Here comes Neil Young, one of rock’s hardiest (and most unpredictable) survivors, reunited with Crazy Horse, the band he’s worked with on and off since 1969, singing songs with substance that goes far deeper than their sometimes obvious lyrics.
”I guess I need that city light/It sure has lots of style,” he drawls near the start of ”Country Home,” his opening cut. ”But pretty soon it wears me out/And I have to think to smile.” The sentiment is, to put it mildly, familiar, and so are Young’s thoughts throughout Ragged Glory. ”White Line” brings us musings on troubled romance, from the tried-and-true perspective of a good ol’ boy ”rollin’ down the open road” in the dark night just before dawn. In ”Love to Burn,” Young — sounding shaky — urges us to ”take a chance on love.”
But familiar ideas aren’t quite the whole story. Young’s guitar lopes along beside his voice, sounding faithful and fuzzy, but also nervous and shivering. It evokes a vein of trouble lying just beneath the skin of the songs, giving them depth enough to be 7, 8, and in two cases even 10 minutes long. Each song ends with a chord (not always the one you’d expect) that just sits there, grinding its teeth, slowly dissolving in feedback. It’s as if the mask of everyday life were stripped away, and trouble stood nakedly exposed.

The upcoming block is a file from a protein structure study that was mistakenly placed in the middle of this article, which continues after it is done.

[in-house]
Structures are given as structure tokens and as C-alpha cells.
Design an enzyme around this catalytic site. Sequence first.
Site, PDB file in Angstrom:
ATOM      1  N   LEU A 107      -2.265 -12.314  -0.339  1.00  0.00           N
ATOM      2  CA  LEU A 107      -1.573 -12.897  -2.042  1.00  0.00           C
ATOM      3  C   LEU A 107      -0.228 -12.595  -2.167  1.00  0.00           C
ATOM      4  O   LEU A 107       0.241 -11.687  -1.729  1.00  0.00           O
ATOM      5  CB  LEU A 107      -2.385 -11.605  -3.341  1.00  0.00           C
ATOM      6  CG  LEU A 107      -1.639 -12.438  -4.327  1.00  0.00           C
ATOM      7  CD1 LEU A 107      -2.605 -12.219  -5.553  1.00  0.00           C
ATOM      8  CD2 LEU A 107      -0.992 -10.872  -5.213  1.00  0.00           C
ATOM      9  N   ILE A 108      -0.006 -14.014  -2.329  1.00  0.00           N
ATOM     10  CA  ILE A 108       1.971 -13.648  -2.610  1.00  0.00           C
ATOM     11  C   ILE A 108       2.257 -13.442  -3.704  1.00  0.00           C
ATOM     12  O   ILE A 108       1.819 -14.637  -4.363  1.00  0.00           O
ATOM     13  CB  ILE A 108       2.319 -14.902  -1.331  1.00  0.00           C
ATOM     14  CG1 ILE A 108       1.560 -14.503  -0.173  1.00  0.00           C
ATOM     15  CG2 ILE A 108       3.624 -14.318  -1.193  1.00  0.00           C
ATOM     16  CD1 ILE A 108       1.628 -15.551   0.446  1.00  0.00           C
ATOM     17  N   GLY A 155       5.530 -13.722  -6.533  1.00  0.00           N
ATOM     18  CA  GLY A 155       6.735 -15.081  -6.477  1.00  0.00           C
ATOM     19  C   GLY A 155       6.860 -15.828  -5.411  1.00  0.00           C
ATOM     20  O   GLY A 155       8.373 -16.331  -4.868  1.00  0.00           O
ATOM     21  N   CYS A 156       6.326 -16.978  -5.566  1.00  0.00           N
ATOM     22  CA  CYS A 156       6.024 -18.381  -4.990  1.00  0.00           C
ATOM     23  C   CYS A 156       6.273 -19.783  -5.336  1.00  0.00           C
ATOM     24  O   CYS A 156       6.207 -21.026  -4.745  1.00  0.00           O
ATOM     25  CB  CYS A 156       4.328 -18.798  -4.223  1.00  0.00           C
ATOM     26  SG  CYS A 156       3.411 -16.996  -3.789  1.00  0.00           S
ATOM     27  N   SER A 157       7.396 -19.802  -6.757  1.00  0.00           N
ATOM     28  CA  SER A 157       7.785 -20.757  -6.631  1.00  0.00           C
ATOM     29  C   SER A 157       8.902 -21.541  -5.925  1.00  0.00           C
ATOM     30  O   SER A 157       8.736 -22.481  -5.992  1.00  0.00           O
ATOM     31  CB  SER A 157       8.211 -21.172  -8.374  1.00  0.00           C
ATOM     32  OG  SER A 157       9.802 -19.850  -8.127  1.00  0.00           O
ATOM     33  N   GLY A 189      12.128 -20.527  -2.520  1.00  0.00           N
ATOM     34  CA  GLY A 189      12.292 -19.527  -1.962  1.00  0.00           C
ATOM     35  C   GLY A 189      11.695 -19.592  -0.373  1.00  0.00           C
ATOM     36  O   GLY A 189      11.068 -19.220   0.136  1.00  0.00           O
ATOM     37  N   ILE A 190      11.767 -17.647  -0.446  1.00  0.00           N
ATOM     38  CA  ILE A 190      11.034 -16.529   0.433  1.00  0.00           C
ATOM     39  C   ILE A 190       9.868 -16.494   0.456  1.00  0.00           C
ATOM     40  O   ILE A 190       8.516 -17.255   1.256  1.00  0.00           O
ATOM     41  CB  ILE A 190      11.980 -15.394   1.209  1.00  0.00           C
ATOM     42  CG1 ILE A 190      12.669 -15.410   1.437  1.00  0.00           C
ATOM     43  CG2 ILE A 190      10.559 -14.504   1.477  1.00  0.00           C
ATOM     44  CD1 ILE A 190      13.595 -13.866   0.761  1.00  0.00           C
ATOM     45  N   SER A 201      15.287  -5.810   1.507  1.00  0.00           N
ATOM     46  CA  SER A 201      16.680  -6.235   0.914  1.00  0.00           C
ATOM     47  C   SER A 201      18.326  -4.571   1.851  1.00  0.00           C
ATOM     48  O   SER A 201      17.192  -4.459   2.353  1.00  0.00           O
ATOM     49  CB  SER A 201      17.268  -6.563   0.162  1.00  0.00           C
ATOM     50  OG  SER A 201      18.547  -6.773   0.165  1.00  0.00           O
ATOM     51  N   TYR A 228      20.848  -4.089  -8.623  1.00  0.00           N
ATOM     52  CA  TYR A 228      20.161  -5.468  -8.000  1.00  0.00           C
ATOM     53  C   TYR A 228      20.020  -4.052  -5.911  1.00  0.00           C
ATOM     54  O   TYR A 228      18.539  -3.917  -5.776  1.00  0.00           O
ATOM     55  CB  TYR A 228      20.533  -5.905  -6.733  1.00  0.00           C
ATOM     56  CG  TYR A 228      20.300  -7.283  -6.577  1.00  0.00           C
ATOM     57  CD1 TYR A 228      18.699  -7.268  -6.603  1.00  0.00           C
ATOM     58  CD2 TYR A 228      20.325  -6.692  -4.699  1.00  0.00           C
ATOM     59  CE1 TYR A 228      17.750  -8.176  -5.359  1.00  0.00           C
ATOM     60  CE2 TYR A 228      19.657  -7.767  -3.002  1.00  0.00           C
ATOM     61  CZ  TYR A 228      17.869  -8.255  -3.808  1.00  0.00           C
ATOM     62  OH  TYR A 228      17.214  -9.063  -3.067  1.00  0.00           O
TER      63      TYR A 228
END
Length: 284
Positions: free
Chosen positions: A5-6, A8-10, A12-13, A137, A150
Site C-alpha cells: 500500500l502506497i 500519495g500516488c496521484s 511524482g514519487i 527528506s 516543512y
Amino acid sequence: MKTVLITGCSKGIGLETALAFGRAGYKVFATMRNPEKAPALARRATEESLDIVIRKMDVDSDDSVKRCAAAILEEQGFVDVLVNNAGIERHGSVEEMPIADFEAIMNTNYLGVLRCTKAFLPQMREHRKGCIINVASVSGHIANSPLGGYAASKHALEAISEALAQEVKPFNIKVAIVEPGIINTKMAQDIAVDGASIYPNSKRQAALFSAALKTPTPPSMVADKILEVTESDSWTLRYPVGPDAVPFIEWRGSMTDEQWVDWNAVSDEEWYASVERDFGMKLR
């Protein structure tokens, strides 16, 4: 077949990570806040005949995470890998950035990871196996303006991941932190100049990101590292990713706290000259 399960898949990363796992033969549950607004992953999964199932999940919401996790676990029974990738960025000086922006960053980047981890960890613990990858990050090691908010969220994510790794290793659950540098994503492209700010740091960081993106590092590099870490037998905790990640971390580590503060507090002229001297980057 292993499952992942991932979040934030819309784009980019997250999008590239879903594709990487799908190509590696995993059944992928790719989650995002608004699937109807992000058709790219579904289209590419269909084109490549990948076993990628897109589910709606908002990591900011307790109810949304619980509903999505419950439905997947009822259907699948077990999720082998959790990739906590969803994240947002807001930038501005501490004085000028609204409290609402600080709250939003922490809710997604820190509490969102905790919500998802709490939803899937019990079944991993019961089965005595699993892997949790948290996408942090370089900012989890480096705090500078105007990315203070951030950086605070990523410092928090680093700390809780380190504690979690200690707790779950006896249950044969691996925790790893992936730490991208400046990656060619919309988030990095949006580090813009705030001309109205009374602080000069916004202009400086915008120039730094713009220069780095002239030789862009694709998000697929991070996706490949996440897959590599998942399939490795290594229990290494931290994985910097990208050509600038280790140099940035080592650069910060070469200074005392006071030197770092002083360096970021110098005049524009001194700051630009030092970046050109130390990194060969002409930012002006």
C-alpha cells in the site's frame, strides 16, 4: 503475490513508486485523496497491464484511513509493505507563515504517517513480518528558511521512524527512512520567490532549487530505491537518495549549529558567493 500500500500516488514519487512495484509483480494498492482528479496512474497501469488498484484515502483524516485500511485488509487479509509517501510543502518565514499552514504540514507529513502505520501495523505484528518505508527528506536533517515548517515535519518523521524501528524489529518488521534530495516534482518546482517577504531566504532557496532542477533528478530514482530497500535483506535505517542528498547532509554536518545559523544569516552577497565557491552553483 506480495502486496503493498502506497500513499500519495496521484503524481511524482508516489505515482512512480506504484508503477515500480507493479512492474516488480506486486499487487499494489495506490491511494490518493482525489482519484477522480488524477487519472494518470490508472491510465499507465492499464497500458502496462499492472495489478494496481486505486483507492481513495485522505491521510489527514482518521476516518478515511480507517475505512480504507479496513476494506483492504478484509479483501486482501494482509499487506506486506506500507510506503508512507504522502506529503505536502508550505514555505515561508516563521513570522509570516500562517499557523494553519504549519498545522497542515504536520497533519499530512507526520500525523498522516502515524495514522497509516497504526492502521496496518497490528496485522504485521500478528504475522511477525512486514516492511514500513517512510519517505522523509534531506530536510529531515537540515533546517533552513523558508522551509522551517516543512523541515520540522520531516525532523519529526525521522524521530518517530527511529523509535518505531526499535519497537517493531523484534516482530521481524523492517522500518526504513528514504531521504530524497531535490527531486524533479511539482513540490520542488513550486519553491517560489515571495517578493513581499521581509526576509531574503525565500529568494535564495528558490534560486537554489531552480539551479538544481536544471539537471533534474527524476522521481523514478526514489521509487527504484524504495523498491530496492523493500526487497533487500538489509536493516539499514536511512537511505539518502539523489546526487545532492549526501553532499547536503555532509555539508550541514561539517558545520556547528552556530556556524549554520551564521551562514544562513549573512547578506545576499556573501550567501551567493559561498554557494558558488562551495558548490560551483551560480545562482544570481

Two songs go even further. In ”Mother Earth” — an environmental warning recorded live last April at the most recent Farm Aid — there’s peaceful vocal harmony accompanied only by Young’s guitar, symbolically suggesting rich green hills and the decay that threatens them. ”F*!#in’ Up,” the album’s most memorable track, is a veritable anthem to trouble. ”Why do I hide?” Young keeps asking. ”Why do I keep f—in’ up?” Life can be dangerous; Young owns up to the danger, and still dares wear his heart on his sleeve.A-